Rhimes confirms she wants Alex to be happy, so there is still hope for his character. In fact, had Taylor not been cast to star in Charlie’s Angels next season, and had the series not been picked up, it is likely the writers would never have had Alex burned that particular bridge. In this case, real life gets in the way of a really nice romance.

Extremely uncertain is the future of Owen and Cristina, whom Rhimes says she hasn’t decided whether to break up or not. They rush into marriage in the wake of tragedy, and Cristina is still not used to relying on another person. She makes the decision in “Unaccompanied Minor” to have an abortion unilaterally in spite of Owen’s pleas. She does not get the concept of a couple, or making decisions together. While it is completely within character for Cristina to not want to be a mother, it is a big step backwards for her to not even consider Owen’s feelings.

Or does she? Cristina has shown a willingness to think of Owen, especially this past year. It is very possible that she takes Owen’s wants into account, and decides against him anyway. In which case, the failure is in communication. As an anti-people person, Cristina never develops the skills to adequately relate to others, and as close as Owen is to her, and as much as he understands her, it is easy to see how he could mistakenly think she is being uncaring when she’s not.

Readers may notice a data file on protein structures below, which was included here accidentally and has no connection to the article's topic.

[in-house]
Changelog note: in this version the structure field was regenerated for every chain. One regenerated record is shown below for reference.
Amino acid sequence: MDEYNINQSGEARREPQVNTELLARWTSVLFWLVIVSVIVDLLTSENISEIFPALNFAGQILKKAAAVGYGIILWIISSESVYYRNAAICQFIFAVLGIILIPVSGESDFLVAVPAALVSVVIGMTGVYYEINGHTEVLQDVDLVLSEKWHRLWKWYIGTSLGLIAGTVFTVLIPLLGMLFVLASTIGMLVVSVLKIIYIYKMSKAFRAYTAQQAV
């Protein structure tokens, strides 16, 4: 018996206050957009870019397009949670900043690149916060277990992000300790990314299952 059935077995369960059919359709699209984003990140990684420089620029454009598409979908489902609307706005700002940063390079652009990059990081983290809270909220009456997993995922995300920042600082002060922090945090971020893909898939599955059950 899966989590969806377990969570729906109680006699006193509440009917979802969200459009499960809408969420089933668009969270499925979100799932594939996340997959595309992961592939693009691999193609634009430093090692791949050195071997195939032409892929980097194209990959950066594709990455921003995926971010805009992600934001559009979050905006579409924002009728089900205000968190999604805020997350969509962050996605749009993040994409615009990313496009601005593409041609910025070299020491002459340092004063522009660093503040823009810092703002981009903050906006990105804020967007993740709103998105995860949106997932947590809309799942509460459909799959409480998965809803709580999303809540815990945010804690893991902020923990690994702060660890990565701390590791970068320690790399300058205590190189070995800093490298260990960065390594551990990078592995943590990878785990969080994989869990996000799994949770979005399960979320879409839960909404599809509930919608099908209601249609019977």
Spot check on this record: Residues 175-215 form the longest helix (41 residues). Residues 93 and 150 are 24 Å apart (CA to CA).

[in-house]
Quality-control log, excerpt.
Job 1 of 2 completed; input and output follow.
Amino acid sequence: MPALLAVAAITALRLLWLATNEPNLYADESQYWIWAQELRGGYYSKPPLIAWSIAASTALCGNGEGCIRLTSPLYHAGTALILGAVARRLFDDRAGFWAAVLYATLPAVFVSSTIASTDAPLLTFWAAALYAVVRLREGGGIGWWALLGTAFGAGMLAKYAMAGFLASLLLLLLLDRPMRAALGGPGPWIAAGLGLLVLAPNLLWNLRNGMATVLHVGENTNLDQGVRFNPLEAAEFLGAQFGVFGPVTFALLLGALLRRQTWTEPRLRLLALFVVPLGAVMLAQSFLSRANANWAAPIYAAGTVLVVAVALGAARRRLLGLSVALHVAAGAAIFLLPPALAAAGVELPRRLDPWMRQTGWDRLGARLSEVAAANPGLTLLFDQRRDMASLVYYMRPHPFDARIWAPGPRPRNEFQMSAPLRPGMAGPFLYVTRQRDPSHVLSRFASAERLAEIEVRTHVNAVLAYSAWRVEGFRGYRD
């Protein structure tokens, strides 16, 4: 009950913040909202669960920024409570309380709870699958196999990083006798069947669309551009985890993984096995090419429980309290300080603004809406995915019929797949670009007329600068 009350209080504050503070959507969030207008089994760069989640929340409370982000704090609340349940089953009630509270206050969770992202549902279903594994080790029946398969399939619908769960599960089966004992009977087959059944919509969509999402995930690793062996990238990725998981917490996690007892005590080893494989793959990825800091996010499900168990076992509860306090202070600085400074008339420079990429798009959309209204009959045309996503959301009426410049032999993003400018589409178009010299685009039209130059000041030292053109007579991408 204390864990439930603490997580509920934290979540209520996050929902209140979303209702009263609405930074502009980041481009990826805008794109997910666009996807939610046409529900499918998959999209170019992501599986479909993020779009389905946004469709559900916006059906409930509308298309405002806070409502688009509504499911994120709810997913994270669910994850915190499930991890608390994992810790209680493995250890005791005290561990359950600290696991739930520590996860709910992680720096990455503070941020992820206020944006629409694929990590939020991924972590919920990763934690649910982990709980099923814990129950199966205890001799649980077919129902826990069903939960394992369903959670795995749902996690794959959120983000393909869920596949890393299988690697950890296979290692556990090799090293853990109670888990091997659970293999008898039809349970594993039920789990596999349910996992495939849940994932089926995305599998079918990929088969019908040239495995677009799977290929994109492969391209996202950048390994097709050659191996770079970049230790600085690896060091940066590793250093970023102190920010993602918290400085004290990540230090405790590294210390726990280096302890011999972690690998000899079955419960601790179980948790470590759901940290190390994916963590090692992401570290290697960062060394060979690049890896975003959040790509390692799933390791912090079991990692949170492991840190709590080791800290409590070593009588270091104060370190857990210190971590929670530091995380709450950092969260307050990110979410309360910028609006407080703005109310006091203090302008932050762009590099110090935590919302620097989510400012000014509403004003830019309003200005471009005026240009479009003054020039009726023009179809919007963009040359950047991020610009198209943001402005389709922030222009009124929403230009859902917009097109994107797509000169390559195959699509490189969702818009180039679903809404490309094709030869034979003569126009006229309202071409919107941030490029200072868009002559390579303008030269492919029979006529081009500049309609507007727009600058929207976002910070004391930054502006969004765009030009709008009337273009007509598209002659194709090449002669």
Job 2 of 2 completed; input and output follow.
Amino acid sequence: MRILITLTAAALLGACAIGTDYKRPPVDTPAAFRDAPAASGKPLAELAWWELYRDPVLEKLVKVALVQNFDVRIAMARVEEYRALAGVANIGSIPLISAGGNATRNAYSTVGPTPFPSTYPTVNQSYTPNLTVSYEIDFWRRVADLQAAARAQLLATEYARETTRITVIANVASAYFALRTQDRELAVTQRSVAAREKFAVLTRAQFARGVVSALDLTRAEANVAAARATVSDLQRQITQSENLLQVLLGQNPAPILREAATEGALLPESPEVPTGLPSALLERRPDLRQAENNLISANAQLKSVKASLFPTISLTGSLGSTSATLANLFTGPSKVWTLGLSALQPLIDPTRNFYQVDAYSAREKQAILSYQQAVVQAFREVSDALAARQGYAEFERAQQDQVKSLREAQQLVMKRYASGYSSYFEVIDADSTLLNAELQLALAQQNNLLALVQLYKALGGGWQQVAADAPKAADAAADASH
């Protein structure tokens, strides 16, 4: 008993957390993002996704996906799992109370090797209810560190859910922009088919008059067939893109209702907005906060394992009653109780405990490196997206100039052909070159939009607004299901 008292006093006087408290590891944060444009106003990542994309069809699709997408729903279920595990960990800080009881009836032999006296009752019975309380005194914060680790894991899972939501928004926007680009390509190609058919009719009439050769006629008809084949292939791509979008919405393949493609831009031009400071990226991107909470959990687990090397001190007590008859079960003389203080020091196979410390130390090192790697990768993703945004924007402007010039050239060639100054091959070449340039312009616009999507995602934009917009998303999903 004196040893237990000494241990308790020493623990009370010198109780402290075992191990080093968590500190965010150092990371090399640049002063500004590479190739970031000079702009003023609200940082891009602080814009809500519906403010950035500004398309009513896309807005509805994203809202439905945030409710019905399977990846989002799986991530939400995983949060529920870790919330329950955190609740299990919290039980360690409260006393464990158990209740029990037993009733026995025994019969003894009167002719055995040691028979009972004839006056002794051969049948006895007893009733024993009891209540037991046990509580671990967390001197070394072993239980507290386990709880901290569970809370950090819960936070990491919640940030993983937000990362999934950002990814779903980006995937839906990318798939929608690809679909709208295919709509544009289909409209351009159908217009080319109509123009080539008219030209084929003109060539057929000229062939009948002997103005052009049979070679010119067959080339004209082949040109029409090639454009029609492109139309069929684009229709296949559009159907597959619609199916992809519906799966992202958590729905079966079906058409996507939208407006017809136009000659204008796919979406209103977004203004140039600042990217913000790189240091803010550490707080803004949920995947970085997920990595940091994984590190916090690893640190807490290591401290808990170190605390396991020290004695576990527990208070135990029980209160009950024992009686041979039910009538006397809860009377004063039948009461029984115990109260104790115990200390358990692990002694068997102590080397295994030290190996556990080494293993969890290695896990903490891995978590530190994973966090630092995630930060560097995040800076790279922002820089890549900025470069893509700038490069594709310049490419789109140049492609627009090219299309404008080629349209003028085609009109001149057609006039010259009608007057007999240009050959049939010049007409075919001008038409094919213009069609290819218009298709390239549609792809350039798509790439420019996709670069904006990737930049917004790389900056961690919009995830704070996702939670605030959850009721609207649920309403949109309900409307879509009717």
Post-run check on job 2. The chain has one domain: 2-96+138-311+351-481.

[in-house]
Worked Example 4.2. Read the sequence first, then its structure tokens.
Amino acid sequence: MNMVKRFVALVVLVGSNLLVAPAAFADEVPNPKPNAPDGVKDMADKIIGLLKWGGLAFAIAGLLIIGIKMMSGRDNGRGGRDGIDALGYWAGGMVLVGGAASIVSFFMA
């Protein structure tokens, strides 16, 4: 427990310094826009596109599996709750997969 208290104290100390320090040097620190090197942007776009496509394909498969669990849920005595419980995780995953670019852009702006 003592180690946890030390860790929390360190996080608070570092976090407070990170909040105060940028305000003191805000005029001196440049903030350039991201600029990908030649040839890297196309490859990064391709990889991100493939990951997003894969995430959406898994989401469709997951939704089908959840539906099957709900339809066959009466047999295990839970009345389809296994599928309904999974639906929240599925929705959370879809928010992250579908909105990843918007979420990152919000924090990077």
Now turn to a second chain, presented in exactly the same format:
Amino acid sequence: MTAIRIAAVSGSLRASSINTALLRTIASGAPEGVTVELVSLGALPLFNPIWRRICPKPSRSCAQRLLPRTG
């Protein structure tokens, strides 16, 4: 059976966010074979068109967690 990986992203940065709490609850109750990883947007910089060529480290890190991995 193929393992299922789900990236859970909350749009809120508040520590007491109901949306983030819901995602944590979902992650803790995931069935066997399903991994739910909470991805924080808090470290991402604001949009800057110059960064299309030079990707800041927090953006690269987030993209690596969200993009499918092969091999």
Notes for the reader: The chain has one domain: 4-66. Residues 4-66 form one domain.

Bottom line, it’s never a good idea to bring a child into the world that is unwanted. Owen may be willing to do the lion’s share of the work in raising a child, but once the baby is born, there is no way Cristina can turn her back on the tyke to concentrate on her career. She is a human with real emotions, and a child would force her to be more nurturing. That is what she is rebelling against more than Owen. She has no desire to be put in that position. Were she to go through with having the baby, she would do the right thing by the child. Which makes the decision even more complex.

Will Meredith’s decision to cheat on the Alzheimer’s trial have any lasting effects on Seattle Grace / Mercy West or Chief Webber? Webber does suspend Meredith, but if she had acted for any reason other than to save his wife, she would be fired. There will be an investigation from outside the hospital, and while Webber has a lot of leeway as Chief, it’s certainly possible he will be found to be going too easy on Meredith. She is not out of the woods in losing her job, nor is the Chief safe in his.

The hospital at large can still be negatively impacted, too. With Meredith’s actions, the FDA may decide SG/MW is not a secure place to do research. They could lose credentials. Webber has worked very hard to increase the positive reputation of the hospital recently, and Meredith’s actions may lead to a backslide in those efforts. While Weber will feel it is worth it, the rest of the staff won’t be so forgiving. Meredith is arguably the most beloved doctor on staff right now. That will not last.

Is this the end of Mark (Eric Dane) and Lexie (Chyler Leigh)? After seeing what a stand up guy Avery (Jesse Williams) is, Mark voluntarily backs off from his pursuit of the younger Grey. But Lexie admits that if Mark keeps pushing, she will go back to him. Though she says she is happier with Avery, is it possible for Lexie to put aside her still very strong feelings for Mark and truly move on? Avery is a great character, but he just doesn’t feel quite right with Lexie. Hopefully this triangle is due for a shake up early next season.